Young Peter the Great

'The Play Regiment of Peter I at Kozhukovo' by Aleksey Kivshenko

While Peter’s sister was reigning in his name, Peter was content enough to spend his days in the Foreign Quarter of Moscow close to his residence in Preobrazhenskoe conversing with foreigners. While in Preobrazhenskoe Peter also created a “play army” consisting of 100 men. This play army would grow into a more professional army and in 1695 it officially became known as the Preobrazhensky and Semenovsky Regiments of the Guard.

'Pereslavl Play Fleet on Lake Plescheevo on 25 August 1692' by Dmitry Kardovsky

Peter also developed a passion for all things nautical during his youth, after supposedly discovering an old boat in Moscow’s Izmailovo Estate, which some believe may have been a gift from Queen Elizabeth of England to Tsar Ivan the Terrible. In 1688 Peter founded a “play fleet” on Lake Plescheevo in Pereslavl-Zalessky and in 1692 organised a ceremonial review.

The Ascension of Peter the Great

By 1689 the regency of Sofia had become considerably weaker after two unsuccessful campaigns against Crimea. Peter had also reached majority (and even grown to over two metres in height) and now he considered it was time to rule without a regent. In 1689 Sofia once again decided to use her connections with the leaders of the Streltsy to her advantage, but this time was less successful as Peter was warned and able to escape to the Troitse-Sergieva Lavra. Sofia’s moment was over as more and more supporters shifted to Peter’s cause. When Peter returned to Moscow he had Sofia arrested and imprisoned in the Novodevichy Convent. Two of Sofia’s most powerful supporters were also removed: Fyodor Shaklovity, the leader of the Streltsy, was executed in October 1689 and Vasily Golitsyn, foreign minister and a possible lover of Sofia, was exiled to Kholmogory. In 1696 Peter’s co-ruler, his half brother Ivan V, died leaving Peter as the sole tsar – although even before this Ivan played very little role in the running of the state.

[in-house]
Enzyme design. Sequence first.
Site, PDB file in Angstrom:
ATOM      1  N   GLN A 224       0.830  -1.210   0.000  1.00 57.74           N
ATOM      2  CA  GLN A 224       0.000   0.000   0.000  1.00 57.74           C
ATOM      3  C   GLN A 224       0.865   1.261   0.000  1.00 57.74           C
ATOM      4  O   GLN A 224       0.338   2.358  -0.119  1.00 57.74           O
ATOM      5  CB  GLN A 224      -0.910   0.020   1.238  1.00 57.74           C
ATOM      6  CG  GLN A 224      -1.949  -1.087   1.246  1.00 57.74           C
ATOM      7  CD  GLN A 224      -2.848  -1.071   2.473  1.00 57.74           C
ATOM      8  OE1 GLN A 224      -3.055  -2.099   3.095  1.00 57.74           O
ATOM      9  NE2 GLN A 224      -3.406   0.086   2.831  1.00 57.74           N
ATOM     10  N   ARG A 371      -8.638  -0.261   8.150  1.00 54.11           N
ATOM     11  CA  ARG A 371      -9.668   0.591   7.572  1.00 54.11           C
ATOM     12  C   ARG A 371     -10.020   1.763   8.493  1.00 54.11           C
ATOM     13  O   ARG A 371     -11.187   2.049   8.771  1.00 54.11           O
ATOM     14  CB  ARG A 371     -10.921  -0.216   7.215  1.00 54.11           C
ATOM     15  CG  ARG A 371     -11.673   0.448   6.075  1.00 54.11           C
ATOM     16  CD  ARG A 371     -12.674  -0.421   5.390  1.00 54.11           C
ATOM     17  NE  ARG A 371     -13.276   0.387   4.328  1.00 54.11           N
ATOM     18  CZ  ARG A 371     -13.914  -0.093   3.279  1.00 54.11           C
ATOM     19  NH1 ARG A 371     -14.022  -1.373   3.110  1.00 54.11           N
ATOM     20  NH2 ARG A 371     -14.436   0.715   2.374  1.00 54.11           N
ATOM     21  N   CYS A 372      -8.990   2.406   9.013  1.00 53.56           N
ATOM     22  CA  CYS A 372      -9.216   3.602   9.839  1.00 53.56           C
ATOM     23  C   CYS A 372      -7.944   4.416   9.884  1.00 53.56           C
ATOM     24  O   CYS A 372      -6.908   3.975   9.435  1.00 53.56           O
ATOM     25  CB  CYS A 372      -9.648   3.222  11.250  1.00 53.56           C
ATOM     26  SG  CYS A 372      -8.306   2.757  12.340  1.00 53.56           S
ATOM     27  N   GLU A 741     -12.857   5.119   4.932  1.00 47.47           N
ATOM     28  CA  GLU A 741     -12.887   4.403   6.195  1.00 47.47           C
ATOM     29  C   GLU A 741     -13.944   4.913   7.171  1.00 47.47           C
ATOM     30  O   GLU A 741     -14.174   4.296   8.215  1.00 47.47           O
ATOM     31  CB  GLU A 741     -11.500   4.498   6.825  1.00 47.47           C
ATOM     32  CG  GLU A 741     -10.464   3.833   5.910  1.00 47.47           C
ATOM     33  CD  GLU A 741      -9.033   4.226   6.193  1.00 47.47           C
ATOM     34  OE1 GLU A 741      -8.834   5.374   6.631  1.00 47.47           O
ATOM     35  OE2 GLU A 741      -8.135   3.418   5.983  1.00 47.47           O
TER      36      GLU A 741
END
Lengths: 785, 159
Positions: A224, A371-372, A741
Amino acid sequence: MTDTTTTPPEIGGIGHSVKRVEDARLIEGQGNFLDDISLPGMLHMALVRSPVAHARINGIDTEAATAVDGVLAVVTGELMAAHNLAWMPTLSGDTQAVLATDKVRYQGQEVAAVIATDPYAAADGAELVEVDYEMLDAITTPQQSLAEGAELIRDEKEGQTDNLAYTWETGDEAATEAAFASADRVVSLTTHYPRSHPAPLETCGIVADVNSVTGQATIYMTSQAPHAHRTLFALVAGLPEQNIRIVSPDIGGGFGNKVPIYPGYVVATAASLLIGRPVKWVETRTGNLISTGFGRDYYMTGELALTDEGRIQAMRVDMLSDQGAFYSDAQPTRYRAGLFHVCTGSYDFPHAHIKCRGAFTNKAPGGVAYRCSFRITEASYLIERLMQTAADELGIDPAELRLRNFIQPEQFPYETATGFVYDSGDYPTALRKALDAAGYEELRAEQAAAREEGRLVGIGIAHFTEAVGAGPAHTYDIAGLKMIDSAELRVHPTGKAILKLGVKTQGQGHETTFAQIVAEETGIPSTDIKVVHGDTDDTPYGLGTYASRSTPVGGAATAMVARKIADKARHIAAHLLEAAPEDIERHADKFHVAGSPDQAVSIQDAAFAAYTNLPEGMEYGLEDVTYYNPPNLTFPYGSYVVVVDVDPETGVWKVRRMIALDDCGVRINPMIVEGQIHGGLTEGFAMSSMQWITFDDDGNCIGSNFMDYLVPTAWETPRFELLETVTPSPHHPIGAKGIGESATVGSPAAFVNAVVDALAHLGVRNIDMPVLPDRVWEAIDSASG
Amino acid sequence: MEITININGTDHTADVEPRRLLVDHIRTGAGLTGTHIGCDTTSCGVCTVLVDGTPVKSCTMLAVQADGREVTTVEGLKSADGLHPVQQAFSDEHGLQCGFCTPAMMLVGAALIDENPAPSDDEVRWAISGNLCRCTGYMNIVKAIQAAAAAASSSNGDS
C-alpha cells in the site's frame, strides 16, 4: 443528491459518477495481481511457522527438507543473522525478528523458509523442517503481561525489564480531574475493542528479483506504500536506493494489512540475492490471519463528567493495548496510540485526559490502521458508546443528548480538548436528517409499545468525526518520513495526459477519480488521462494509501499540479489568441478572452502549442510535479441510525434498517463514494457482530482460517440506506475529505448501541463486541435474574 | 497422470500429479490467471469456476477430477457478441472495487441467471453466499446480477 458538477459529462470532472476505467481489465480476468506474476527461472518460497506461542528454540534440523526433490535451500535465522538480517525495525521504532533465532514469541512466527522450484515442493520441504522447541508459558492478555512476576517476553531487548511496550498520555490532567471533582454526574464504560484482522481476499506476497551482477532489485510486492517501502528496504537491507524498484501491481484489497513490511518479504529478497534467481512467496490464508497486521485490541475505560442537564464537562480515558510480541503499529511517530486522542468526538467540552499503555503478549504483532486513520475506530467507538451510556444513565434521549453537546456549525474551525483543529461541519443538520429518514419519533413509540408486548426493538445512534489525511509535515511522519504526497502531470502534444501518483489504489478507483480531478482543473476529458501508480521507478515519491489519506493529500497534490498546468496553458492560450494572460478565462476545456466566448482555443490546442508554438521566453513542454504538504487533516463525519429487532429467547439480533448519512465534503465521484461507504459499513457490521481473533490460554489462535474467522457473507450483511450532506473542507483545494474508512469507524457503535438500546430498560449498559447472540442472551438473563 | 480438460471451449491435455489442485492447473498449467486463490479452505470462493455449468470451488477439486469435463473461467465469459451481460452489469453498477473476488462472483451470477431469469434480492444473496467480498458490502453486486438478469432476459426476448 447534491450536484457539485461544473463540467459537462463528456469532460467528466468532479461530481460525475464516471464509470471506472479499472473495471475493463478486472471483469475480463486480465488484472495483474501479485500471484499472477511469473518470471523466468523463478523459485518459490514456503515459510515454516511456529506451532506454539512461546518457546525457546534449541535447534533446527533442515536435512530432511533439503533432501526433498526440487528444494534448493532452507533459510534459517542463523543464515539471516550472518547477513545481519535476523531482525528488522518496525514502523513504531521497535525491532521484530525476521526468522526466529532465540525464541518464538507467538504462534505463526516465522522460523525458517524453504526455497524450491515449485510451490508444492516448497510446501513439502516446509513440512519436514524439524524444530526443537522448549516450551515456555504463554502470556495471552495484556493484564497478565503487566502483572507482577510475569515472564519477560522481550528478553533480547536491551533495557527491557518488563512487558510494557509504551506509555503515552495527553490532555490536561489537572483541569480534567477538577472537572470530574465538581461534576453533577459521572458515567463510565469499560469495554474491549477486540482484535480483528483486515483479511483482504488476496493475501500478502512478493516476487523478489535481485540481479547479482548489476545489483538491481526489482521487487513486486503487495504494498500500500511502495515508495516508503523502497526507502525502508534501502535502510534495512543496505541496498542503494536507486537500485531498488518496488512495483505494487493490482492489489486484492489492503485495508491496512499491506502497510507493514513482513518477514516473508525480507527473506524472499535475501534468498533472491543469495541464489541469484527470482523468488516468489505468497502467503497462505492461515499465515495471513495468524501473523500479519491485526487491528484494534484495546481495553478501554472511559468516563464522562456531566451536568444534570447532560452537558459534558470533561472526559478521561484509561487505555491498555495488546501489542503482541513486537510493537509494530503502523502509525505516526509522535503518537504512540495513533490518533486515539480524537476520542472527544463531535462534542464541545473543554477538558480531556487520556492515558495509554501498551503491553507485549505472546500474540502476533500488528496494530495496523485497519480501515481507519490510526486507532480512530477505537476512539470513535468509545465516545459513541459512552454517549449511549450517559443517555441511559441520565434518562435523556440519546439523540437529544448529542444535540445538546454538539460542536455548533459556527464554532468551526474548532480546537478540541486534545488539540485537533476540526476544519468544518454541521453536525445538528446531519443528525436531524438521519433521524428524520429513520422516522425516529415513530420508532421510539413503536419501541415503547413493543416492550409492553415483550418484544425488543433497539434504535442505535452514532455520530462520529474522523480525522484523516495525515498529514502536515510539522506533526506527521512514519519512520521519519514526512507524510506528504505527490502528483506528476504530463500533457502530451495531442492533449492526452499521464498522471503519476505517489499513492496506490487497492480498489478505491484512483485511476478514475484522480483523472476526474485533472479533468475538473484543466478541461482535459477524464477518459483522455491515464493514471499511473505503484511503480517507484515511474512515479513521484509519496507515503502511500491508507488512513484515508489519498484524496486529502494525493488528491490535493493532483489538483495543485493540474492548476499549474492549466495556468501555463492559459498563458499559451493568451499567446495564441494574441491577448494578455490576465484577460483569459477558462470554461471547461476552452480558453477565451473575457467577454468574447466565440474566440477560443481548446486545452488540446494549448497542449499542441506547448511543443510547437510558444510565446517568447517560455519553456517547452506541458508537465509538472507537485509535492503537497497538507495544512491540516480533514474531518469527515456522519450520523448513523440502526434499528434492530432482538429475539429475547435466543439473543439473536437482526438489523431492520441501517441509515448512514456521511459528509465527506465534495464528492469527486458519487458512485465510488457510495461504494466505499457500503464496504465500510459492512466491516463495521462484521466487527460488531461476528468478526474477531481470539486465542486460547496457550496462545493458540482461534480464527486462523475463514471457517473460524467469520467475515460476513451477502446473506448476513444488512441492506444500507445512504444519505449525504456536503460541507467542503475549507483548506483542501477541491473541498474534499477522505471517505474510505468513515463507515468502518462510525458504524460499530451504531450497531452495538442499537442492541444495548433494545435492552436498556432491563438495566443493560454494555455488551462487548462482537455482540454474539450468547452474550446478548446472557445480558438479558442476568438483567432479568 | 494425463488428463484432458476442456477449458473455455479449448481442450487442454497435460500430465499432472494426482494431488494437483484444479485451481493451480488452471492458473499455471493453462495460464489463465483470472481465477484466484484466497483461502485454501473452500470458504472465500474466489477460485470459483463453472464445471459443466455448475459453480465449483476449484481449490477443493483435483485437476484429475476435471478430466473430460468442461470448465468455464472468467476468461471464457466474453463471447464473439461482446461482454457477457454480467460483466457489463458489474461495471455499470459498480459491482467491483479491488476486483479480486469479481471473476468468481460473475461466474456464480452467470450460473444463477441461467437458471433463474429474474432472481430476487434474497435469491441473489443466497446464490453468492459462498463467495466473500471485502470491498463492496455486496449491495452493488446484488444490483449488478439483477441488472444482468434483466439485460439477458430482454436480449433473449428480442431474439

The Origins of the Russian Navy

Painting of the St Paul, built in Arkhangelsk in 1694

Peter the Great wanted to turn his nation into a naval power and the first obstacle for this was the lack of access to the sea. The only sea port Russia had was that of Arkhangelsk on the White Sea so Peter set off there to establish a shipyard in 1693. However the port was limited by the fact that it was blocked by ice for five months of the year. What Peter really desired was access to the Sea of Azov and thereby the Black Sea but the Ottoman fortress of Azov stood in his way. In 1695 Peter launched the First Azov Campaign in an attempt to capture the fortress. The Russian army was able to block the fortress via land but could not stop the fortress from being supplied by sea, resulting in the failure of the siege.